Where has technology been underserved?

Antonelli: There is considerable room for capturing more insights and ideas from customers based on the public conversations they are having about brands.  The technology is there now to help QSRs and Restaurants analyze in real-time, to be a part of that conversation!

Singh: We’re underserving back-office and frontline workers. We’ve jumped to robots replacing humans, but I think there is a lot of room for technology to enhance the employee experience now, and in turn increase efficiency. Helping team members not just survive the day but getting through the day with a genuine smile. Even the basic concept of reporting-based prompts eliminates a lot of administration for employees to the benefit of the restaurant. Today’s back-office systems are large products, unwieldy and far from real-time. Transitioning these products to real-time data and putting them at frontline employees’ fingertips will empower better day-to-day decisions. There are still more deeper integration options for the back office that can alleviate the stresses of supplier shortages and dynamically suggest solutions. 

Gosman: While kitchens have seen slow advances in processes and cooking appliances, they’ve been largely underserved by technological advancements.

Connolly: Guest history technology has been underserved or perhaps more aptly under used.  Hotels and restaurants collect vast amounts of data about their guests but fail to effectively use these data in subsequent guest visits.  It always amazes me how often I am asked to repeatedly provide information that has already been captured and can be used to streamline and personalize each service encounter.  More attention needs to be given to staff training, systems integration, and system functionality so that pertinent guest information is made readily and appropriately available during each guest interaction.

Erdem: Technology in hospitality have heavily focused on the digital marketing stack and mission critical systems. The employee facing aspects of hospitality operations are relatively underserved when it comes to technology.

In the wake of increased data collection, what technologies are you looking to embrace to help manage and utilize your data?  

Antonelli: We see that technology has impacted everything from ordering to marketing to operations, with strong expansion and competition is now promoting the use of technology. We’re continuing to invest in our Solugenix AI & ML data insights teams and tools. We see an opportunity to better understand and serve changing customer preferences and differences by demographic and the ever-changing variables.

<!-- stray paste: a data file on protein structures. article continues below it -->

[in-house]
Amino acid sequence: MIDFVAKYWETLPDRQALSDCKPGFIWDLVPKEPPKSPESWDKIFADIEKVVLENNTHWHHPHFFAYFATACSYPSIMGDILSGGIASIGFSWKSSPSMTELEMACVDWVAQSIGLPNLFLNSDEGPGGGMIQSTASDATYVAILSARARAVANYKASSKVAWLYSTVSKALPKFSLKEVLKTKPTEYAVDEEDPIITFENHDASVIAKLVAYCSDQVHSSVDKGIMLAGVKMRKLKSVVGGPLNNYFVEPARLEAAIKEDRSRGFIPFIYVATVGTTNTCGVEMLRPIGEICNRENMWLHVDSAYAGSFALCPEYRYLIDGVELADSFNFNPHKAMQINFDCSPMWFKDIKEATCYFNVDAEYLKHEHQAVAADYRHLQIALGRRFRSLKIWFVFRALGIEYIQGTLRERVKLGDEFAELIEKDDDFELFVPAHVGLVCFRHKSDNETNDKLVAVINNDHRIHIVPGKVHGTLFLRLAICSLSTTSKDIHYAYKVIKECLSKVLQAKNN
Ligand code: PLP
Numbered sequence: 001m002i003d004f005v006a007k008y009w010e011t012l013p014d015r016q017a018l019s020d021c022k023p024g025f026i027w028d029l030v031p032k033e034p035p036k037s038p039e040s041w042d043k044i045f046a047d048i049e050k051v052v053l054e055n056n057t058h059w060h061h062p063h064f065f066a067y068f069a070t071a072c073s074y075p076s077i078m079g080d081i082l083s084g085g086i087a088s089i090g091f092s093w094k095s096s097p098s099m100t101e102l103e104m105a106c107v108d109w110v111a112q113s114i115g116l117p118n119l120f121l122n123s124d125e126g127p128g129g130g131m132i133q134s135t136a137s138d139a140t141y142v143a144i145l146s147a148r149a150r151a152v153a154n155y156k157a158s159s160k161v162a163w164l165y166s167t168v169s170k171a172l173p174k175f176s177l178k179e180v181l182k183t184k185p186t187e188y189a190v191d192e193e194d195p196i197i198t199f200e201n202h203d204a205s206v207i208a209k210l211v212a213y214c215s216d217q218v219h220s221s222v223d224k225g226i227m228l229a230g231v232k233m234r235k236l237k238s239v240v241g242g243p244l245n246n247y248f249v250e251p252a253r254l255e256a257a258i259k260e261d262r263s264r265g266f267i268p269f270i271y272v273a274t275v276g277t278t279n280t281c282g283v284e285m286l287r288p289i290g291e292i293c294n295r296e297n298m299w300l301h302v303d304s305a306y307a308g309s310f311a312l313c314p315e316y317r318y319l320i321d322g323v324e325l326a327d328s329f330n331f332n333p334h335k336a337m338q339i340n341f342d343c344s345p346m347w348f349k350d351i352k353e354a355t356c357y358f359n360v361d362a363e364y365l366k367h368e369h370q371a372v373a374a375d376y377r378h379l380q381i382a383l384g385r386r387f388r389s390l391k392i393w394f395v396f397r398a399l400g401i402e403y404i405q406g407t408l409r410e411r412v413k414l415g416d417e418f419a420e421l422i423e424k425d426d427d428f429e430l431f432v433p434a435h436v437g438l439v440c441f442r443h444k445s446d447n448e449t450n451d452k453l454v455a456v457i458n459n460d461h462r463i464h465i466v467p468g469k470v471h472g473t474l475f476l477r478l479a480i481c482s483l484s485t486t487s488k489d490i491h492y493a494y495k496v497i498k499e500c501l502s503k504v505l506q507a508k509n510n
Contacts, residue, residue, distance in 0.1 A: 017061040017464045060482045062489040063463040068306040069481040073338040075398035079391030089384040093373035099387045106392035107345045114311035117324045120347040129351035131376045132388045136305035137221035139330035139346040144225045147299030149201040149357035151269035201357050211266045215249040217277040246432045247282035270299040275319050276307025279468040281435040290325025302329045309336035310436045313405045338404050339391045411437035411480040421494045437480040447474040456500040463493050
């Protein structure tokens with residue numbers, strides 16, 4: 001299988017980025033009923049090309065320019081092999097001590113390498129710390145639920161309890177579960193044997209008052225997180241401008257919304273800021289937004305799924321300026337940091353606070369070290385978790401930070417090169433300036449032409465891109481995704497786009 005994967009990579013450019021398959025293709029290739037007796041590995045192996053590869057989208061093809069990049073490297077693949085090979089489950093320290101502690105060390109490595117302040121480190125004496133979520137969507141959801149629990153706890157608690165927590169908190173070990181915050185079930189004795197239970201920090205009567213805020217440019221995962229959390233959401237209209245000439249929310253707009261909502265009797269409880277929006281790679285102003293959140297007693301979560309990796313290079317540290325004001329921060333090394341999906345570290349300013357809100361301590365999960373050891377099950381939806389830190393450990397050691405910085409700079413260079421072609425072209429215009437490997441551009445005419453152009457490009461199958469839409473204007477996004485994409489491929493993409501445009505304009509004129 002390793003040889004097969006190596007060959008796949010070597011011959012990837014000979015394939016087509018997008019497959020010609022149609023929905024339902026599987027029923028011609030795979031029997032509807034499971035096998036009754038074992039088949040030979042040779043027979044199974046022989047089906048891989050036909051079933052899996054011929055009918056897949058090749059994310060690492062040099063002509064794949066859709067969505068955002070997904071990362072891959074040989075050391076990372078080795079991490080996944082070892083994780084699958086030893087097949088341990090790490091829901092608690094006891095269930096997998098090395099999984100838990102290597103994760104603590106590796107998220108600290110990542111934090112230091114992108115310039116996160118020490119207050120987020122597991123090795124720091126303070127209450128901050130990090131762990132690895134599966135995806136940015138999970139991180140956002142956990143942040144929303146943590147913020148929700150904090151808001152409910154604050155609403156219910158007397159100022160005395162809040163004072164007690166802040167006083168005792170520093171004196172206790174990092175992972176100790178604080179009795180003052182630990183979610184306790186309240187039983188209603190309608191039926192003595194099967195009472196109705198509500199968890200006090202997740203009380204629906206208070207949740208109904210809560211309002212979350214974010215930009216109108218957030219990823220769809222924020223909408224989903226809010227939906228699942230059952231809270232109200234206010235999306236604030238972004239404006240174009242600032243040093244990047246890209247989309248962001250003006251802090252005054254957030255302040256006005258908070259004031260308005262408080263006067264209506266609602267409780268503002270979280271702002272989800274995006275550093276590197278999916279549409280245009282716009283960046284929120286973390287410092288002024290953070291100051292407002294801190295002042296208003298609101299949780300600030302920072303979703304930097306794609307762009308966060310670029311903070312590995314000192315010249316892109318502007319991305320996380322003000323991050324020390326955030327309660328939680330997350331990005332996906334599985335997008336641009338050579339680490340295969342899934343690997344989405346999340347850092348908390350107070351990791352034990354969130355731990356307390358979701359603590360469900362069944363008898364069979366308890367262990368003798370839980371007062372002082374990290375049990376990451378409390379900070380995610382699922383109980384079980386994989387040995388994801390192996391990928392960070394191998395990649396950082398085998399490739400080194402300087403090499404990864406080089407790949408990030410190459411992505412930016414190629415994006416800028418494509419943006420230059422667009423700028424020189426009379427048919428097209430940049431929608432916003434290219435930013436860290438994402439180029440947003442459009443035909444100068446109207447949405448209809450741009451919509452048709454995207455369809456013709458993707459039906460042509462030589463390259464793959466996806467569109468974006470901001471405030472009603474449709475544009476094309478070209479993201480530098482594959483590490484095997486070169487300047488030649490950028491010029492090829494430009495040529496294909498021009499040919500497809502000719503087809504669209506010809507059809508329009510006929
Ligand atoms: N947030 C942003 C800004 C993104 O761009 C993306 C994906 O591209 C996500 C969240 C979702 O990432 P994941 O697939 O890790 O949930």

Singh: There will no doubt be a need for data integrity across the restaurant. There is too much data in too many places and none of it standardized. As a result, the POS becomes the source of the truth. What the industry will move to is an open data layer allowing not just operators, but vendors, suppliers and maybe even third parties the opportunity to build value. 

Gosman: Cameras, RFID and environmental sensors and other forms of data capture are creating large amounts of data. Much of this data is useless – it must be mined and parsed to pull out the valuable elements, but many use cases require this be processed rapidly so the output is relevant and actionable. Cloud is a great resource to scale computing power but is constrained by limited bandwidth – and anything mission critical would suffer during internet outages. Edge Computing helps bridge the gap by using local, high-speed processing to pull out the valuable data elements and discard the rest. The reduced dataset can then be sent to the cloud or processed locally based on need and solution architecture.

Connolly: The amount of data collected about customers and employees can be overwhelming without the proper tools to support big data.  Organizations need good discipline, practices, and systems for collecting, cleansing, safeguarding, and using data.

Malbec: Large organizations have for the most part done a relatively good job at collecting data but a relatively underwhelming job at actually using it to better manage the business. That being said, the industry is beginning to see the early adoption of some prescriptive AI applications to take the data and make relevant business recommendations based on it. This is a good start but we have a long way to go to catch up with the retail industry and others who have harnessed this medium and are driving significant revenue as a result.

This ad will auto-close in 10 seconds